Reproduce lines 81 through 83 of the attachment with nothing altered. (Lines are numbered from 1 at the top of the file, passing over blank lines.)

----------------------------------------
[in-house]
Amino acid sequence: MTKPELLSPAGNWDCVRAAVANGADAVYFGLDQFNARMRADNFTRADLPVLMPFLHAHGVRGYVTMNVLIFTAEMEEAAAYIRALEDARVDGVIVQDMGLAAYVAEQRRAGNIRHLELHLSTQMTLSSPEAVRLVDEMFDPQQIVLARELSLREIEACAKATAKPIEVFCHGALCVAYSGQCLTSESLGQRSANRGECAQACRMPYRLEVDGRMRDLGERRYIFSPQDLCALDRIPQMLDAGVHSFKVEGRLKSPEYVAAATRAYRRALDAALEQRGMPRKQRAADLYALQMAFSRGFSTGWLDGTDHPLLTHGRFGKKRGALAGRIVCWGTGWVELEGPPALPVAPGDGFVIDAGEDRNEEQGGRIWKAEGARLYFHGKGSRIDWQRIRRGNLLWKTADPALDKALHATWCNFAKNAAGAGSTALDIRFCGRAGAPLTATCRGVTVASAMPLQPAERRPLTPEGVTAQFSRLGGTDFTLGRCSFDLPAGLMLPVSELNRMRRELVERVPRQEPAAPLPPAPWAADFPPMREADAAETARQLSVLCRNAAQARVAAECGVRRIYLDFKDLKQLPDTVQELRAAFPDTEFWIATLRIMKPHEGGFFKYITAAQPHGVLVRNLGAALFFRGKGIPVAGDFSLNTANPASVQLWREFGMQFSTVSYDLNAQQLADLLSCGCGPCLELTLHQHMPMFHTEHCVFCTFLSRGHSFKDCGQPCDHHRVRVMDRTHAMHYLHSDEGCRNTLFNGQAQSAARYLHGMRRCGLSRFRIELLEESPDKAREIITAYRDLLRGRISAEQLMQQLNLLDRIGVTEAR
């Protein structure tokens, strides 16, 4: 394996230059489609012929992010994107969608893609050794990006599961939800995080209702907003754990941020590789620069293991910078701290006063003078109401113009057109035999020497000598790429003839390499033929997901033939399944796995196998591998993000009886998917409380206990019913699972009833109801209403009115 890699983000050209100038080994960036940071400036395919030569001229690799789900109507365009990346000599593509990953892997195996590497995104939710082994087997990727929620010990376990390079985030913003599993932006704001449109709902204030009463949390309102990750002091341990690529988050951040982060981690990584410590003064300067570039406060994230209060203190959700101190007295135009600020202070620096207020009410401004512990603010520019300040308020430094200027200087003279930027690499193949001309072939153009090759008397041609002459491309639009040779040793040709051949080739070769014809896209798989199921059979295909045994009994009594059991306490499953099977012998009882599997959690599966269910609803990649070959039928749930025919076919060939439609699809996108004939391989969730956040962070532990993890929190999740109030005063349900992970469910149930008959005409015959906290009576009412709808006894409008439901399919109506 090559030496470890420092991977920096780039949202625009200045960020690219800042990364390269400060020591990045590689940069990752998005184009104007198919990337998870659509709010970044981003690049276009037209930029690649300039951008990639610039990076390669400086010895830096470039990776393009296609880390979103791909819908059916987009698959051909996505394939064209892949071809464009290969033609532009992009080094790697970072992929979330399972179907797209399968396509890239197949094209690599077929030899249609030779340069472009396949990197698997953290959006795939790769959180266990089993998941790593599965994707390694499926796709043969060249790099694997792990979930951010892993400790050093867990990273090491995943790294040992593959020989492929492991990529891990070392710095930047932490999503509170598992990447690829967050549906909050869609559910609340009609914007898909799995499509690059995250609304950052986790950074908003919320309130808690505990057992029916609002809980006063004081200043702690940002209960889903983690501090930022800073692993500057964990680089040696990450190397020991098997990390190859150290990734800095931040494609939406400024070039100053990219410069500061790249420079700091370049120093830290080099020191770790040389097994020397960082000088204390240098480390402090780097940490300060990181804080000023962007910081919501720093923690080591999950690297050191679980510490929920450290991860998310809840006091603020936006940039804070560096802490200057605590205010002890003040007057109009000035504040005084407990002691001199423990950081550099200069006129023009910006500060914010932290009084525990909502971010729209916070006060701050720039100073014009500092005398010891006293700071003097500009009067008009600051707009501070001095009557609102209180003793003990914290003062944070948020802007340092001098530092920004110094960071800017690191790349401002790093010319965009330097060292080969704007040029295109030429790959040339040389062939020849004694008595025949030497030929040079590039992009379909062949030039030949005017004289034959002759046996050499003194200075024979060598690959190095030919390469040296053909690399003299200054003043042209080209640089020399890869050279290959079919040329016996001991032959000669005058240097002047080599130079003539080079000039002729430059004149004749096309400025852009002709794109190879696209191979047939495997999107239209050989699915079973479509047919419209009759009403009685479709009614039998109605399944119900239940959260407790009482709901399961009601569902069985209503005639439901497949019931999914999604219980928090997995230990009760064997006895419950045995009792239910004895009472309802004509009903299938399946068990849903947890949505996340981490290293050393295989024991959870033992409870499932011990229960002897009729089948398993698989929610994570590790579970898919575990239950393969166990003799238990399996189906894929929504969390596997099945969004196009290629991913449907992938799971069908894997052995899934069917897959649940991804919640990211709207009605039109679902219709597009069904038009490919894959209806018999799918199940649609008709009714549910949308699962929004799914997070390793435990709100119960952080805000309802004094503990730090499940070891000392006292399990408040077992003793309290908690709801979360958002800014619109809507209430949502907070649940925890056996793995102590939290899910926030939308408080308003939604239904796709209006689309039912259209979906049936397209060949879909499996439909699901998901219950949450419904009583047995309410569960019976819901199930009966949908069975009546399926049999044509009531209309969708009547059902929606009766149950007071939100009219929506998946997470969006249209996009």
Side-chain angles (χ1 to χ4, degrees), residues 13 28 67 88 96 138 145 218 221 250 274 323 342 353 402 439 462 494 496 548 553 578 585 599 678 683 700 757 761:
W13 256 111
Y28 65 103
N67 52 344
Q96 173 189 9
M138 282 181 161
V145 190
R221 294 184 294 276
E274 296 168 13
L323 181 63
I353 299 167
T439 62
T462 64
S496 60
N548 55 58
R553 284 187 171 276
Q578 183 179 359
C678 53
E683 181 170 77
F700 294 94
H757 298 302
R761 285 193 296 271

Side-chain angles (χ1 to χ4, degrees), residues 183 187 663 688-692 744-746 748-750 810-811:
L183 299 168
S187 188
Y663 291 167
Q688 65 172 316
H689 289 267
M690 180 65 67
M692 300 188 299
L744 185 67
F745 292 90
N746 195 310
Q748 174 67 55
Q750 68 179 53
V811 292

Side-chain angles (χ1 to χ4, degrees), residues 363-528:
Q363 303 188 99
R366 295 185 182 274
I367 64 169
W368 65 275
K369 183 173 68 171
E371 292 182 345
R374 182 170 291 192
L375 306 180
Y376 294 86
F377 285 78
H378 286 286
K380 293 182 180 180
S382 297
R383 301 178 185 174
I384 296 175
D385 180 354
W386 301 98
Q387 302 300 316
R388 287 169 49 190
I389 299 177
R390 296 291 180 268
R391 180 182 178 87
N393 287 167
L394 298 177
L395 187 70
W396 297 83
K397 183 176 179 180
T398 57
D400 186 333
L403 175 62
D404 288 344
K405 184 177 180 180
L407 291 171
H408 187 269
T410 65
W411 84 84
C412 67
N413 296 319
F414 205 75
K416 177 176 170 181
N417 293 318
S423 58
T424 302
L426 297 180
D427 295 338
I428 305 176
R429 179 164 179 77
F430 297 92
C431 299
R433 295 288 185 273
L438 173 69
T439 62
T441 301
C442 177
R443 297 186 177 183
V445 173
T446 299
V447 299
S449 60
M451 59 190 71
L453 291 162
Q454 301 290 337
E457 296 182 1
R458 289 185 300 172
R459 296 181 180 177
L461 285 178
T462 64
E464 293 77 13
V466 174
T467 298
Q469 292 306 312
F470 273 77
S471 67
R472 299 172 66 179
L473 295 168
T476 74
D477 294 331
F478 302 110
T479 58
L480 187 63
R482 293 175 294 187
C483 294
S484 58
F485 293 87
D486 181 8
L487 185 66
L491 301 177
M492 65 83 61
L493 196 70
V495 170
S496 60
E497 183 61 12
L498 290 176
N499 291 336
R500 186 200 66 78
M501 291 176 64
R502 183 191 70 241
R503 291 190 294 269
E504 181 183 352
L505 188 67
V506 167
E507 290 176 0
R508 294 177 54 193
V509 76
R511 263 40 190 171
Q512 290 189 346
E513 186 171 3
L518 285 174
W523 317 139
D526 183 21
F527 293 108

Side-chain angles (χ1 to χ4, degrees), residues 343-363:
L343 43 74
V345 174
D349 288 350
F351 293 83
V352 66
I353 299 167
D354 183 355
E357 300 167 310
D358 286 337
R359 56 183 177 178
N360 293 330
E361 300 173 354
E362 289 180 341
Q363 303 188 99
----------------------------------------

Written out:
N417 293 318
S423 58
T424 302